Highlighting the country's political polarisation, Americans are divided over both the justification for and the likely impact of the government shutdown
As of midnight last night, for the first time in 17 years, the government of the United States shut down, meaning that until a deal is reached over the nation’s budget an array of ‘non-essential’ government services will be suspended. Congressional Republicans, who hold a majority in the US House of Representatives, have so far refused to pass a bill funding the government that does not also repeal or delay the implementation of President Barack Obama’s signature healthcare reform bill, commonly known as Obamacare, while Congressional Democrats and Obama himself have said they will reject any legislation funding the government that affects Obamacare.
A survey conducted over the weekend by YouGov for the Huffington Post shows that most Americans think the shutdown will hurt the US economy, but even on this there are partisan disagreements.
Overall, 57% of Americans believe that the shutdown will hurt the US economy, compared to only 22% who think it will make no difference.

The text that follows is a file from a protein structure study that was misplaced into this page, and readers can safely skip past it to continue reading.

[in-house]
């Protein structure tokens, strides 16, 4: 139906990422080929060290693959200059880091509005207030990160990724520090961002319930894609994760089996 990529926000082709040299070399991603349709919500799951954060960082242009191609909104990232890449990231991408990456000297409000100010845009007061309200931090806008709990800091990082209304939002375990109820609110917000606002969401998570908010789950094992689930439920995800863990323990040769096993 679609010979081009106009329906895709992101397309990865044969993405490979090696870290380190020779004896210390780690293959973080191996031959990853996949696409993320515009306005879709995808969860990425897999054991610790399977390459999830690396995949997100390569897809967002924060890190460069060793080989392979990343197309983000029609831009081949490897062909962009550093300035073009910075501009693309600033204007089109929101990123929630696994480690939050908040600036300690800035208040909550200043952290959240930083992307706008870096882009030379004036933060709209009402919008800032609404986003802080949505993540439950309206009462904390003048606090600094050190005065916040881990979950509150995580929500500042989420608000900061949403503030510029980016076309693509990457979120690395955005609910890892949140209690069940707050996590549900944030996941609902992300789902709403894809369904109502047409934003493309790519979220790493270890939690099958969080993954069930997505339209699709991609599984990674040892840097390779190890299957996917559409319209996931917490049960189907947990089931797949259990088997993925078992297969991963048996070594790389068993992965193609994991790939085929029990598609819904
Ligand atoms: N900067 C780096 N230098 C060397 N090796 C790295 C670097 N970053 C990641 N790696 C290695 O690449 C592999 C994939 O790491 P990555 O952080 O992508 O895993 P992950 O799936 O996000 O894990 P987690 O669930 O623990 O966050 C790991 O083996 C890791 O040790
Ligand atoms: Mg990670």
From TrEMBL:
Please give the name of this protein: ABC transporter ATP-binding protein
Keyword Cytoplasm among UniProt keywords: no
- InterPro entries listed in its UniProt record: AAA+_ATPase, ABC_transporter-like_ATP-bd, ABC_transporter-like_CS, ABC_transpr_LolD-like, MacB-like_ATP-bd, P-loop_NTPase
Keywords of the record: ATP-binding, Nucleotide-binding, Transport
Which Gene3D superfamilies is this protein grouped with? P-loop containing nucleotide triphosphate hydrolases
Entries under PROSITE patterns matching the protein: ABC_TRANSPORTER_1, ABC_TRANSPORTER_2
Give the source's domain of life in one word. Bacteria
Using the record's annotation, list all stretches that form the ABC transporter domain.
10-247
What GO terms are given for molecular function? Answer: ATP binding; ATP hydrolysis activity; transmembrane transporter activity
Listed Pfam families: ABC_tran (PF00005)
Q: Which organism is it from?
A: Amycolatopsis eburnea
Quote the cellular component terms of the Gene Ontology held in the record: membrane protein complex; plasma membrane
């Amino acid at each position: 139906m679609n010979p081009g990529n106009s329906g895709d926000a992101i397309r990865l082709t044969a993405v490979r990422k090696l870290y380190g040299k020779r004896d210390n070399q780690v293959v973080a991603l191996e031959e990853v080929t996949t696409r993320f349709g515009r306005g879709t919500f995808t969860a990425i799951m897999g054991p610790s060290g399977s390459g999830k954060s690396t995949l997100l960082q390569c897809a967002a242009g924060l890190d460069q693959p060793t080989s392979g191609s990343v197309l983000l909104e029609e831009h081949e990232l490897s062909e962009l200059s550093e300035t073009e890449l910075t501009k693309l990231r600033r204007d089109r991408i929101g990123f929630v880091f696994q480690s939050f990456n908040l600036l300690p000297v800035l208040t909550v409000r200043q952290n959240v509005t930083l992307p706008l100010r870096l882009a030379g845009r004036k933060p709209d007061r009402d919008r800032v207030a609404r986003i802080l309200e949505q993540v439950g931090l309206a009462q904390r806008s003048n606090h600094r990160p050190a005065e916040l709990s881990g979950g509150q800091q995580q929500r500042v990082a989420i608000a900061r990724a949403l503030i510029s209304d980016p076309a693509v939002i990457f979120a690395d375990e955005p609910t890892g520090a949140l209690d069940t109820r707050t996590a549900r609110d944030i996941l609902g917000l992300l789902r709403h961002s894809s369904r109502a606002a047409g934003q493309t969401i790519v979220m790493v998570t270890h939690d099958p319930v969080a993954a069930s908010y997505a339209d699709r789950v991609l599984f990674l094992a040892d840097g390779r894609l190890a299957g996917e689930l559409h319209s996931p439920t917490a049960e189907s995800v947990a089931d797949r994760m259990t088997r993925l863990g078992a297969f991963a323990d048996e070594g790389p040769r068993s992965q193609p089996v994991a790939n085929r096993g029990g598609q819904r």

However while this includes a majority (77%) of Democrats, it includes only a plurality (42%) of Republicans.
Revealingly, a slim majority (51%) of Republicans actually think the shutdown will either make no difference to the U.S. economy (32%) or actually help the economy (19%).
The politics at play are complex, but much of the disagreement over the economic effects of the shutdown and the motivations behind it likely depend on voters’ attitude towards Obamacare, which Congressional Republicans have pushed to the fore of the budget debate. Many Republican members of Congress have argued that the healthcare law would have dire consequences for the U.S. economy if it goes into effect.
Of course the Republicans in Congress are not alone: many answer to conservative constituencies in which voters are widely opposed to the law.
Last weekend a YouGov poll for The Economist showed that 58% of Republican voters held the view that what was most important was stopping Obamacare, even if it meant shutting down the government ‘temporarily’. This view is held by only 7% of Democrats, who are most likely to say they would prefer to keep Obamacare – even if it means the government shuts down.
However an irony unique to the present showdown is that today is also the first day that Americans can begin signing up for healthcare in the insurance marketplaces established by Obamacare. While the shutdown will have impacts reverberating across U.S. government, from the furloughing of some government workers to the closing of the country’s national parks, the implementation of the healthcare law itself is scheduled to go ahead as planned.